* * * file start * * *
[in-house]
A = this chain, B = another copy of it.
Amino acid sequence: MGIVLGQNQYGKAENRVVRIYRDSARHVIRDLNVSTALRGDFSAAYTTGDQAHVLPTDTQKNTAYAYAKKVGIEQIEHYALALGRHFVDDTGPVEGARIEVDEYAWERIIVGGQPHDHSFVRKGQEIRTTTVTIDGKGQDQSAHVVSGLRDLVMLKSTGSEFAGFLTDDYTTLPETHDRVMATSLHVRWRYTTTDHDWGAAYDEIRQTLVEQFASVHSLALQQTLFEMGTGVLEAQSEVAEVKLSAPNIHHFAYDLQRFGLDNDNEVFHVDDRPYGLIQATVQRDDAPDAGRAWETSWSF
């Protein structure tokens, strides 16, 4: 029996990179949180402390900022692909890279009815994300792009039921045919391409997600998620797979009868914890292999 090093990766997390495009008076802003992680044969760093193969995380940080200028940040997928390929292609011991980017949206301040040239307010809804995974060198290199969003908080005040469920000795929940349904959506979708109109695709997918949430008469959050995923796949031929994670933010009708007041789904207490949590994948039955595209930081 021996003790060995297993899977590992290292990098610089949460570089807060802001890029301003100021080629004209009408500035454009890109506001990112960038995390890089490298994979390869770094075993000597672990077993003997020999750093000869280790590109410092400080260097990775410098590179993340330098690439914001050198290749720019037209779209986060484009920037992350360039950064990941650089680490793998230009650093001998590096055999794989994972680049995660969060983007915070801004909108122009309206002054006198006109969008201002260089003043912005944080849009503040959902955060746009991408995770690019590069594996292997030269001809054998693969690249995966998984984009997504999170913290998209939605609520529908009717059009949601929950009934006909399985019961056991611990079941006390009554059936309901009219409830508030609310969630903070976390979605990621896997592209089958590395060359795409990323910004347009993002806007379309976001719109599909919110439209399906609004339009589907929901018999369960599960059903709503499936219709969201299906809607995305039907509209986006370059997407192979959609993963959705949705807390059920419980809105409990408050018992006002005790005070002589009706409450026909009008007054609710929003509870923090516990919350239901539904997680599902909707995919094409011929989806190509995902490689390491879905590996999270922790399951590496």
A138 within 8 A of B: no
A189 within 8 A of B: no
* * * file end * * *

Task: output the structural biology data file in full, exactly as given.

[in-house]
A = this chain, B = another copy of it.
Amino acid sequence: MGIVLGQNQYGKAENRVVRIYRDSARHVIRDLNVSTALRGDFSAAYTTGDQAHVLPTDTQKNTAYAYAKKVGIEQIEHYALALGRHFVDDTGPVEGARIEVDEYAWERIIVGGQPHDHSFVRKGQEIRTTTVTIDGKGQDQSAHVVSGLRDLVMLKSTGSEFAGFLTDDYTTLPETHDRVMATSLHVRWRYTTTDHDWGAAYDEIRQTLVEQFASVHSLALQQTLFEMGTGVLEAQSEVAEVKLSAPNIHHFAYDLQRFGLDNDNEVFHVDDRPYGLIQATVQRDDAPDAGRAWETSWSF
């Protein structure tokens, strides 16, 4: 029996990179949180402390900022692909890279009815994300792009039921045919391409997600998620797979009868914890292999 090093990766997390495009008076802003992680044969760093193969995380940080200028940040997928390929292609011991980017949206301040040239307010809804995974060198290199969003908080005040469920000795929940349904959506979708109109695709997918949430008469959050995923796949031929994670933010009708007041789904207490949590994948039955595209930081 021996003790060995297993899977590992290292990098610089949460570089807060802001890029301003100021080629004209009408500035454009890109506001990112960038995390890089490298994979390869770094075993000597672990077993003997020999750093000869280790590109410092400080260097990775410098590179993340330098690439914001050198290749720019037209779209986060484009920037992350360039950064990941650089680490793998230009650093001998590096055999794989994972680049995660969060983007915070801004909108122009309206002054006198006109969008201002260089003043912005944080849009503040959902955060746009991408995770690019590069594996292997030269001809054998693969690249995966998984984009997504999170913290998209939605609520529908009717059009949601929950009934006909399985019961056991611990079941006390009554059936309901009219409830508030609310969630903070976390979605990621896997592209089958590395060359795409990323910004347009993002806007379309976001719109599909919110439209399906609004339009589907929901018999369960599960059903709503499936219709969201299906809607995305039907509209986006370059997407192979959609993963959705949705807390059920419980809105409990408050018992006002005790005070002589009706409450026909009008007054609710929003509870923090516990919350239901539904997680599902909707995919094409011929989806190509995902490689390491879905590996999270922790399951590496």
A138 within 8 A of B: no
A189 within 8 A of B: no